Walking on the dusty road, wading through the tall grass and swatting away the persistent flies in the middle of a hot day was not fun. But once we got there and and saw the view, it made up for the arduous journey. It was time to sit back on the swings take in the panoramic views. If you look carefully, you might be able to spot some manta rays gliding across the crystal clear water. The best part is that we had the place to ourselves.
Entrance fee: Free
5. Kelingking Beach
Kelingking Beach is hands down the most instagrammable spot on Nusa Penida, and for good reason. The iconic T-Rex shaped ridge definitely lives up to its reputation. From the top of the cliff you get a glimpse of the breathtaking view of the green rock formation sticking out of the turquoise water and white sand beach below. From above, the white waves crashing onto the shore look like an abstract painting. After taking about a hundred pictures, I took a moment to admire what Mother Nature has created here.
Aside from admiring the view at the top, you can also hike down to the beach at the bottom. On the left side, you’ll find a steep staircase, carved out of the side of the cliff. The epic hike down takes about 45 minutes and is not for the faint-of-heart. Makeshift bamboo poles loosely held together are the only support and stability you have as you make your way down. Part of the stairs have collapsed and there is a big sign warning people not to go down, but people do regardless. It’s hard to resist the unspoiled beach below. I went down a little bit but got scared and went right back up, but Fausto went all the way down to the bottom. He had some cheeky monkeys to keep him company along the way. At the bottom, he had the beach to himself, but the waves were too high and too dangerous for swimming. Fausto’s advice is to bring plenty of water to keep yourself hydrated if you decide to hike to the bottom.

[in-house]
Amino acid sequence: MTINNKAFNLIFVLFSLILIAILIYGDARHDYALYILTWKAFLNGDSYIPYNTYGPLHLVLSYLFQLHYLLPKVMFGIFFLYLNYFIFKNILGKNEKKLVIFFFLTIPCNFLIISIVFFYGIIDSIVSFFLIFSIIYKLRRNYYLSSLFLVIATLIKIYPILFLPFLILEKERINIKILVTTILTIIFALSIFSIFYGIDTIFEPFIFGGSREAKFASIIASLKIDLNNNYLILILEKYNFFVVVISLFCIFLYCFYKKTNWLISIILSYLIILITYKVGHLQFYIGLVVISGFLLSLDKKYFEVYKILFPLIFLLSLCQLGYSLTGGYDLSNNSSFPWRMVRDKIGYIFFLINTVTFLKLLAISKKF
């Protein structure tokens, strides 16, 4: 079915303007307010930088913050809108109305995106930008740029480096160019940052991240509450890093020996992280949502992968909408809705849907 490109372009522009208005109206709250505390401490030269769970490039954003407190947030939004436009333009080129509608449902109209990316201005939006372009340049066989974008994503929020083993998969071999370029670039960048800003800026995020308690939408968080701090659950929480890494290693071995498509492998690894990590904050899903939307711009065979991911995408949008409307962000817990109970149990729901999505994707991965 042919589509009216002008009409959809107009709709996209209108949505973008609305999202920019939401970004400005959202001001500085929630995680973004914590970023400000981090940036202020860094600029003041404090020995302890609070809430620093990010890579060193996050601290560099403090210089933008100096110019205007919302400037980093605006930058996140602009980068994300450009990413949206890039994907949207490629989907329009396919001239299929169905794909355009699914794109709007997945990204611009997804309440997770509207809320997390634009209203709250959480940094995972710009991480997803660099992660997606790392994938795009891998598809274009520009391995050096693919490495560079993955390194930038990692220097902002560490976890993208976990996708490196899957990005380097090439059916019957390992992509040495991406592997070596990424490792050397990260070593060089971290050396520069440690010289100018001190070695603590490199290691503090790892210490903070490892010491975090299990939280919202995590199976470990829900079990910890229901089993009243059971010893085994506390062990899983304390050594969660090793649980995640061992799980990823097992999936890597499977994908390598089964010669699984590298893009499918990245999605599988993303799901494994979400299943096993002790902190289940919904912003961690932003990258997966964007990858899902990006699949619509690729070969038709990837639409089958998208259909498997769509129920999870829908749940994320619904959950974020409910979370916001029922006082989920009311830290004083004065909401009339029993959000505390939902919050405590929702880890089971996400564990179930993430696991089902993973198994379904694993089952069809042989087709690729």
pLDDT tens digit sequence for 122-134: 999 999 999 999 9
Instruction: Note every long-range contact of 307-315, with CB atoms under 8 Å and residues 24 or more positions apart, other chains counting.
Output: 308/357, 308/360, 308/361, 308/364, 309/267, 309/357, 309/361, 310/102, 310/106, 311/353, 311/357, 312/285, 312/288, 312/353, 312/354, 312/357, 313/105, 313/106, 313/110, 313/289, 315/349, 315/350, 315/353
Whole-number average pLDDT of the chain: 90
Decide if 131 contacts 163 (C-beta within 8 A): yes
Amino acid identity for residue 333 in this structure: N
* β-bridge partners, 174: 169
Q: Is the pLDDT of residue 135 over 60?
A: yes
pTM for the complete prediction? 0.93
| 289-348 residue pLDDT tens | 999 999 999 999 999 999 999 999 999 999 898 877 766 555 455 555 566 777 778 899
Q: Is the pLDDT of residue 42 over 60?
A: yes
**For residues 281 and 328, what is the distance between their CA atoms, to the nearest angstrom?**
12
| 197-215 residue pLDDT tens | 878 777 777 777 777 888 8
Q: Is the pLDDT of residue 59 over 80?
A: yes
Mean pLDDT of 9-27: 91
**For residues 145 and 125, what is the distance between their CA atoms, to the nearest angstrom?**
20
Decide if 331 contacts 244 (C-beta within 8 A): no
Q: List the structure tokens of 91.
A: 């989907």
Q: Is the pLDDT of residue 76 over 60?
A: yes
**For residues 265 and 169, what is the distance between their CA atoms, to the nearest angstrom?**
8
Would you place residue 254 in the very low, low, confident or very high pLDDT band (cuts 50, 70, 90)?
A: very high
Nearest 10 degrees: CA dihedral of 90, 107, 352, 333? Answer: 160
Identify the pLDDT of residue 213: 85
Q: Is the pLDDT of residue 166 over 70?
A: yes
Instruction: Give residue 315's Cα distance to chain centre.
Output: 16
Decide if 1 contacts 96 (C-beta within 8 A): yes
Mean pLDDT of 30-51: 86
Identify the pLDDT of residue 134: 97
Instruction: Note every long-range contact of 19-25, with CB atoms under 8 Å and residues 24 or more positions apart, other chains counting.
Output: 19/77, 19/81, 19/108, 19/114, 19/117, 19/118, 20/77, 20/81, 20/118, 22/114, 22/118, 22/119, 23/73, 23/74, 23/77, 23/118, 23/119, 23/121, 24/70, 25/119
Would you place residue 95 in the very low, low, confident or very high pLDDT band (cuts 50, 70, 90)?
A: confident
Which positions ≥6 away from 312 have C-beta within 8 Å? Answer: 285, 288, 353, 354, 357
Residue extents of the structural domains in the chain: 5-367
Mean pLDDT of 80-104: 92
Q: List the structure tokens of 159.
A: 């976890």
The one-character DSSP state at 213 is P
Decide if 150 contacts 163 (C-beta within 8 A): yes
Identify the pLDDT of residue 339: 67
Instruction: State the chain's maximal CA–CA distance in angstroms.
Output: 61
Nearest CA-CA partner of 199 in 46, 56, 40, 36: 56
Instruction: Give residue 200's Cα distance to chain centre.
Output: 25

Entrance fee: Free
6. Angel’s Billabong
Angel’s Billabong is the famous natural infinity pool, one of Nusa Penida’s most popular stops. Most people come here to swim in the shallow pool that seems to shimmer under the sun in lovely shades of green and gold. The water is so clear, you can see the algae covered volcanic rocks all the way at the bottom. The dirt road to Angel’s Billabong is rocky and full of holes, and saying that it’s rough is probably an understatement. We saw a few bikes broken down that had to be towed away. But like everything else on this island, the hard work pays off once you make it there.
The best and least dangerous time to visit is during low tide. We got there around 9 am and were one of the first ones in the water so we were able to get a few good shots before the bus loads of people arrived. Most people take pictures from above, but if you feel particularly adventurous, you can go into the pool. But make sure to wear rock shoes if you decide to go in to avoid the sharp reef that can cut up your feet. Even if the water was nice and calm, beware of your surroundings and make sure to stay well away from the edge. We heard stories about people getting dragged out into the ocean by a rogue tidal wave.
Entrance fee: Free
7. Broken Beach
A little further on, you’ll find Broken Beach, known locally as Pasih Uug. This little cove used to be a massive cave, but now with its ceiling collapsed in, all you can see is a giant hole in the ground. You can see the ocean below, but there is no way to get down. You can walk around the edge and over the archway leading out into the ocean for stunning views of the coast. This spectacular place is definitely one of the most popular places in Nusa Penida, so be prepared to find a lot of people here.